Scandalous Nadia Cassini doffs it all for THE SNAKE GOD in Piero Vivarelli's anti-colonial sexploitation offering on DVD courtesy of Mondo Macabro.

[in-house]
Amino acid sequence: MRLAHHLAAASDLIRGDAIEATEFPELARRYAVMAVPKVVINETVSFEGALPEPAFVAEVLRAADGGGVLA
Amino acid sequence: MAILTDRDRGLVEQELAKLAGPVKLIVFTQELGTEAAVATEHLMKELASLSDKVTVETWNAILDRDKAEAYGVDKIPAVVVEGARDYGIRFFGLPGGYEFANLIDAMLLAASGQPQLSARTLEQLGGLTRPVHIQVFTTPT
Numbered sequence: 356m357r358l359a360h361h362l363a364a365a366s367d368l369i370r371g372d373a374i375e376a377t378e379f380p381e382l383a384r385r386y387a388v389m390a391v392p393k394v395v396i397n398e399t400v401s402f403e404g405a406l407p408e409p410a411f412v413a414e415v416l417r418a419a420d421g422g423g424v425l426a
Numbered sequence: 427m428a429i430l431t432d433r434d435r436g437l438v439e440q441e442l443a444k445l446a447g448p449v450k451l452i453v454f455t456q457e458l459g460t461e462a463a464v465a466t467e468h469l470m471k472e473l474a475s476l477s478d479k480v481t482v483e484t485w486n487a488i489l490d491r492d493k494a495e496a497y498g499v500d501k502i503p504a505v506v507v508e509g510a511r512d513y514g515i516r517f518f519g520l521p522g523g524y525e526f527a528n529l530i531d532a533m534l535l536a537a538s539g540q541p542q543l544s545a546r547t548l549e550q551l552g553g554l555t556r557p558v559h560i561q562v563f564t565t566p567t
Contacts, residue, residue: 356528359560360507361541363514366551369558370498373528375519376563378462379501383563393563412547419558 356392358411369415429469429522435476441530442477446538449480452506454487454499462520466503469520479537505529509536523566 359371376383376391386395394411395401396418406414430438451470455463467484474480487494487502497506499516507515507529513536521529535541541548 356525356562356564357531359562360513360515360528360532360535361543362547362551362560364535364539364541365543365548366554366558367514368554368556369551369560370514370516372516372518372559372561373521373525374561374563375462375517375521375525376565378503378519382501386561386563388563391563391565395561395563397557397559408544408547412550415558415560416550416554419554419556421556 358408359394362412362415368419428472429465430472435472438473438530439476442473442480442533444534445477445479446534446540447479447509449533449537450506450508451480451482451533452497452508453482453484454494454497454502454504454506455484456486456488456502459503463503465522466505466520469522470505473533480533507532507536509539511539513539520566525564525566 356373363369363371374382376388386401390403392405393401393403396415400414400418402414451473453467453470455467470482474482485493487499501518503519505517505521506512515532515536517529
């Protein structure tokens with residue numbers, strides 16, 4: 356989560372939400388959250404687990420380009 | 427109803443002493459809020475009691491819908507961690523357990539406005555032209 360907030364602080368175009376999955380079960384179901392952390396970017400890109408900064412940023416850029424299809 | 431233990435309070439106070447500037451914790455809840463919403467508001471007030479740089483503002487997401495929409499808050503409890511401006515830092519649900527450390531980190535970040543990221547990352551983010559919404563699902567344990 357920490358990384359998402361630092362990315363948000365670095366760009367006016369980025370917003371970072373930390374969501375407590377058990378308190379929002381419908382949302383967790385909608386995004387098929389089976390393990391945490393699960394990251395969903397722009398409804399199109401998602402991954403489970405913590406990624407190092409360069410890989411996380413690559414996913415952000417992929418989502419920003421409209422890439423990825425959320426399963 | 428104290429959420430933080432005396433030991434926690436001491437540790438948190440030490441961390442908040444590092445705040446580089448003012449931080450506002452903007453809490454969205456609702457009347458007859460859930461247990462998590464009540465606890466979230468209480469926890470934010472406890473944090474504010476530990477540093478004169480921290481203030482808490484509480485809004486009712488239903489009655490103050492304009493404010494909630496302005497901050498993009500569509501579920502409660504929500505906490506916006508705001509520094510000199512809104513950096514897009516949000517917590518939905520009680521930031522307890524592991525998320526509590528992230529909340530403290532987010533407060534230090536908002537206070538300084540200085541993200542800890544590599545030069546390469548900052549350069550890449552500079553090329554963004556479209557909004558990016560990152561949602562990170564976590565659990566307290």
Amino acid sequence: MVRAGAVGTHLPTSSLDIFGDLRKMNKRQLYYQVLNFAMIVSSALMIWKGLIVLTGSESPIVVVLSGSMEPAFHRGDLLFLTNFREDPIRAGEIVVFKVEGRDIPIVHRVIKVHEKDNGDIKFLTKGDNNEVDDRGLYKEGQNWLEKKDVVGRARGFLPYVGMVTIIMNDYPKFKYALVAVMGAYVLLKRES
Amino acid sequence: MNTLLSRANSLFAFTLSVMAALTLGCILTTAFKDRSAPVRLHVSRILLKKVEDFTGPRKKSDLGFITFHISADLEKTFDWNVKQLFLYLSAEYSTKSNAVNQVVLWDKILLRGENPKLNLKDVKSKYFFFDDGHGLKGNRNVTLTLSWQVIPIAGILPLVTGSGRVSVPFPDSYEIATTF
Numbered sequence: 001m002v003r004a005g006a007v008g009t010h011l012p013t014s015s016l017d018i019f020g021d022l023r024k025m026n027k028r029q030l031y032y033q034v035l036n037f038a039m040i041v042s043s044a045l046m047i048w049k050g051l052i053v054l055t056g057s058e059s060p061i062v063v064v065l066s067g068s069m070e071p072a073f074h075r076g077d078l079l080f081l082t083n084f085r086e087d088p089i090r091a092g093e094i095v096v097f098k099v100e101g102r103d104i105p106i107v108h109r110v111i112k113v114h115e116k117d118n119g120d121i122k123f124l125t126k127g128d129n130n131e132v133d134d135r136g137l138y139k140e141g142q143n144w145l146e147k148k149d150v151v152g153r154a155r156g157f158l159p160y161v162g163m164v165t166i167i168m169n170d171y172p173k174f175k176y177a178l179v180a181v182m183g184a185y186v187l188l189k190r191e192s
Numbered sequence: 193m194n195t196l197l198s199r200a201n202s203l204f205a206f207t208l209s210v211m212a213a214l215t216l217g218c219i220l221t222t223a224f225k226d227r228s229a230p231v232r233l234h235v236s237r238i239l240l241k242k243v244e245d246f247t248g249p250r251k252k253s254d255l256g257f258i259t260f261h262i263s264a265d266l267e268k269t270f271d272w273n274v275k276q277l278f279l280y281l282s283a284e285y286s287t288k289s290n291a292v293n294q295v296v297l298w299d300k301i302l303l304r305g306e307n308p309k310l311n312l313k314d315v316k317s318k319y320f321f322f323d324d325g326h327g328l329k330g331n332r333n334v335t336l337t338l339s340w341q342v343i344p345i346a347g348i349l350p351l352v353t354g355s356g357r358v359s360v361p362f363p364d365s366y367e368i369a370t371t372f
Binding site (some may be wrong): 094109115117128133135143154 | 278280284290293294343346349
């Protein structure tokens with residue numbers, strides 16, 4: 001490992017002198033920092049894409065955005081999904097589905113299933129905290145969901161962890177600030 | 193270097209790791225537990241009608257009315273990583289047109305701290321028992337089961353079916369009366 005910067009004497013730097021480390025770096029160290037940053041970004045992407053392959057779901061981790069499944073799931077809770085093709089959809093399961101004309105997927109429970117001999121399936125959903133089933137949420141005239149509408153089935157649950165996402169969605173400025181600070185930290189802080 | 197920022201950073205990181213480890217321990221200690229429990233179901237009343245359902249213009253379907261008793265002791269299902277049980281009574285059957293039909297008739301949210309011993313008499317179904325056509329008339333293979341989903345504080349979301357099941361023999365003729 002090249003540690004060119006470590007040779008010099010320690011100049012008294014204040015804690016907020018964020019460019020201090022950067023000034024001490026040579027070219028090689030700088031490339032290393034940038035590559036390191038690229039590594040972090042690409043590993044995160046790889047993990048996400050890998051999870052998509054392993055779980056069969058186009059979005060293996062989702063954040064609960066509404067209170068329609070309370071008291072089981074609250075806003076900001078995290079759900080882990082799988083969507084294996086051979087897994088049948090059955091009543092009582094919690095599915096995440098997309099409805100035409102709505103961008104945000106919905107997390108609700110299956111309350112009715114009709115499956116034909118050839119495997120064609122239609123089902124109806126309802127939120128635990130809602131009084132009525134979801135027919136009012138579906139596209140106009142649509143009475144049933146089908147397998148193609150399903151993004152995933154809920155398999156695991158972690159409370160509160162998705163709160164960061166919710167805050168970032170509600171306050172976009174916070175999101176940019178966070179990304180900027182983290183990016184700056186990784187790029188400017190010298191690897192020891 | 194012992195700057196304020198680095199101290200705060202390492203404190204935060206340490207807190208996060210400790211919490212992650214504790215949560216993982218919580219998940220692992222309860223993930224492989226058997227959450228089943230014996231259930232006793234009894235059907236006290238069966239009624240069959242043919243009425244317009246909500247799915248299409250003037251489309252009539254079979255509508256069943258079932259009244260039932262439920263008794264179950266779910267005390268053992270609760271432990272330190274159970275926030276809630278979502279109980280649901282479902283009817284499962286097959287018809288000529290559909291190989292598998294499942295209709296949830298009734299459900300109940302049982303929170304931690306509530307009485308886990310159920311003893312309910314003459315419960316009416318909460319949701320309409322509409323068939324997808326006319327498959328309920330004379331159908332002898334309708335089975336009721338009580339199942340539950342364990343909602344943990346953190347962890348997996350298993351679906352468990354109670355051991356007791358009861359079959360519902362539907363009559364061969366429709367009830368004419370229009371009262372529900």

Young Roman girl Paola (STARCRASH's Cassini) arrives in Jamaica to join her fruit factory owner husband Bernard (Sergio Tramonti, Pasolini's MEDEA) in his tropical paradise. Bernard has to leave on business soon after, but lonely Paola makes the acquaintance of Bernard's former secretary – now a schoolteacher – Stella (Beryl Cunningham, SCREAMERS), a local who embodies the contradiction of a Western education and local superstition. Warned away from the Beach of the Black Rock to the point of insatiable curiosity, Paola goes there and is frightened away by the sight of a large snake. Bernard is convinced that she hallucinated the snake; but Stella tells her that the god of love Damballa has allowed her to see him because he wants to possess her. Paola – as much curious and amused as lonely – agrees to accompany Stella to see an exorcist who gives her an amulet to attract Bernard's desire and protect her from Damballa. During the ceremony, Stella also has a vision of a white man she has never seen before and does not know how to interpret the vision.